This month’s OD Innovator spotlight features Priscilla Gill, executive coach, author, and leadership/organizational development practitioner who leads Mayo Clinic’s Workforce Learning enterprise function. Dr. Gill has served as Diversity and Inclusion Administrator for Mayo Clinic in Arizona and has over 20 years of multidisciplinary business experience in a variety of sectors where she started up OD functions.
Q: Tell us about your commitment to advancing a culture of transformational learning.
A: First, we must shift our own thinking, and help learners do the same. It is important to note that Jack Mezirow, the founding father of transformational learning defines this as a “… process by which we transform our taken-for-granted habits of mind to make them more inclusive, discriminating, open, emotionally capable of change, and reflective so that they may generate beliefs, and opinions that will prove more true or justified to guide action.”
As organizational learning leaders, we are uniquely positioned to help facilitate change. We have a responsibility to help people look into the future and see what’s on the horizon, and the way we have thought about learning and leadership traditionally will not allow us to be successful going forward. Our role as leadership and organizational development practitioners is to create space for the kind of learning that shifts perspectives.
Transformational learning invites the learner to look inward. In all of our learning programs for 68,000 members of our workforce, including physicians, scientists, administrative leaders, and allied health staff, our team aims to facilitate sustainable transformation by integrating a variety of approaches that drive inner reflection, immersion, practice, peer feedback, and application.
Q: How does the work you lead at Mayo Clinic nurture individuals on their learning journey?
A: Transformation starts with respecting the learner for who they are and what they bring to the learning process. My team and I take into consideration that our audiences are constantly navigating the complexities surrounding health care today. Our role is to help leaders and learners walk through the transformational learning experience while ensuring they also remain connected to our core organizational values of respect, integrity, compassion, healing, teamwork, innovation, excellence, and stewardship. This is the essence of who we are and how we lead and work at Mayo Clinic.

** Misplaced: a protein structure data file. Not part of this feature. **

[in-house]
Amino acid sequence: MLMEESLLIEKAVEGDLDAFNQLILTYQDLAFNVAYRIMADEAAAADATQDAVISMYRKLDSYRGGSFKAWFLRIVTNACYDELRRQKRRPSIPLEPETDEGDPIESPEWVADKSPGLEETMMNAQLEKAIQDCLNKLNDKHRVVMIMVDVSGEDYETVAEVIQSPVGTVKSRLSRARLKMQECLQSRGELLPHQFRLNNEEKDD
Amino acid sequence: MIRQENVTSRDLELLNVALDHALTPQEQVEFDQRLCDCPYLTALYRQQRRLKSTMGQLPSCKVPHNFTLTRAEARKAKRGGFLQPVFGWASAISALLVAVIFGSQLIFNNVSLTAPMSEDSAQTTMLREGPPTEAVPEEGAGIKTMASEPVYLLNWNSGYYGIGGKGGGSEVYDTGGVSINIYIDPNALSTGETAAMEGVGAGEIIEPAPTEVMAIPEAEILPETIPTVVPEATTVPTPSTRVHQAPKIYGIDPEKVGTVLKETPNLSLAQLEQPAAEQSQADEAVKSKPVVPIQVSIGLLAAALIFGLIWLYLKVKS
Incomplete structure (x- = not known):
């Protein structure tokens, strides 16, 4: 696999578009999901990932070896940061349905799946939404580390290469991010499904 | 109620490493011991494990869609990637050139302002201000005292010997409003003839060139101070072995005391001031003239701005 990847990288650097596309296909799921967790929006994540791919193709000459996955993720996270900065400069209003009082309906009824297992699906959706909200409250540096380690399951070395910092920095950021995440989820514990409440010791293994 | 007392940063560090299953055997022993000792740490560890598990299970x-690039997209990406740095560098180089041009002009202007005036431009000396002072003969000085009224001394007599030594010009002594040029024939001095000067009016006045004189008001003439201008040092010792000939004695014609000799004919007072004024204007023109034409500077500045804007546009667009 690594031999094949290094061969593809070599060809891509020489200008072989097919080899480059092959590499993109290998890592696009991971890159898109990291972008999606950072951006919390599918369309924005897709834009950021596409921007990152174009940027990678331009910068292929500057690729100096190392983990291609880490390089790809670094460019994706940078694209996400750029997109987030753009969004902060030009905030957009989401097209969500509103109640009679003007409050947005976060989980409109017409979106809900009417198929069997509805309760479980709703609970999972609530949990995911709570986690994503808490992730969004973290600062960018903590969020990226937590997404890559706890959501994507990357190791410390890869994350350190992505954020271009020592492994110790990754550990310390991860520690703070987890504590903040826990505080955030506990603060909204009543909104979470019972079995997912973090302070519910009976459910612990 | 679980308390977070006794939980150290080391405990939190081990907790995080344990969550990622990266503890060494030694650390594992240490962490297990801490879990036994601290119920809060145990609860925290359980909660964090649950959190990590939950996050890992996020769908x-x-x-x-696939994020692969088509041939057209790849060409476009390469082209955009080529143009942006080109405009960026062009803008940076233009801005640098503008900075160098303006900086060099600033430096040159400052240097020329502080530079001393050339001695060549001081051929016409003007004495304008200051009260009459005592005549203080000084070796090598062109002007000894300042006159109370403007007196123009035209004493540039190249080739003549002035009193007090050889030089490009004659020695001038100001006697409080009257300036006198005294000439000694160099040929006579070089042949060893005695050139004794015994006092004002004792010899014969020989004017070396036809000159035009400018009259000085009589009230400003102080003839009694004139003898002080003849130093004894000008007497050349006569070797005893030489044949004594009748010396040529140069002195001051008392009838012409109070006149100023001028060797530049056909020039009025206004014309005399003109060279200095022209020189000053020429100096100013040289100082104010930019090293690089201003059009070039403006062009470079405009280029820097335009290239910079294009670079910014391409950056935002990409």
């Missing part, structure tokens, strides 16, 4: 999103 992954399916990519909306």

We remain anchored to our core values and flexible to meet changing needs during the most disruptive times in healthcare history. With the magnitude of change occurring, now is the time to lean into learning, especially transformational learning. The role of my team in Workforce Learning is to care for the people who care for the patients by challenging learners to think differently and help them transform (hopefully with a sense of urgency).
Q: What methods, resources, or content does your team create and offer to allow for this type of transformation?
A: I would say we take a “mixed methods” approach to (1) strategic programs based on individual interest, role and tenure, and organizational needs, (2) coaching including one-on-one, team/group, and action-learning, (3) assessment interpretations and debriefs, and (4) consultations providing thought leadership around organizational initiatives and institutional change. Our programs (from onboarding to senior leadership development) are intentionally designed to be multi-layered with opportunities for transformational learning embedded throughout while developing skills for creating alignment and agreement by fostering open dialogue around emotional or risky topics. Inquiry ignites exploration and nurtures a learner’s growth and open conversations create meaning and help to shift a learner’s mindset from an old way of thinking to a new way of thinking and behaving. This drives new insights, innovation and change. At its core, this is transformational learning. This approach to transformational learning has been integrated into institutional OD initiatives designed to create and strengthen our commitment to safety, a coaching culture, and employee engagement.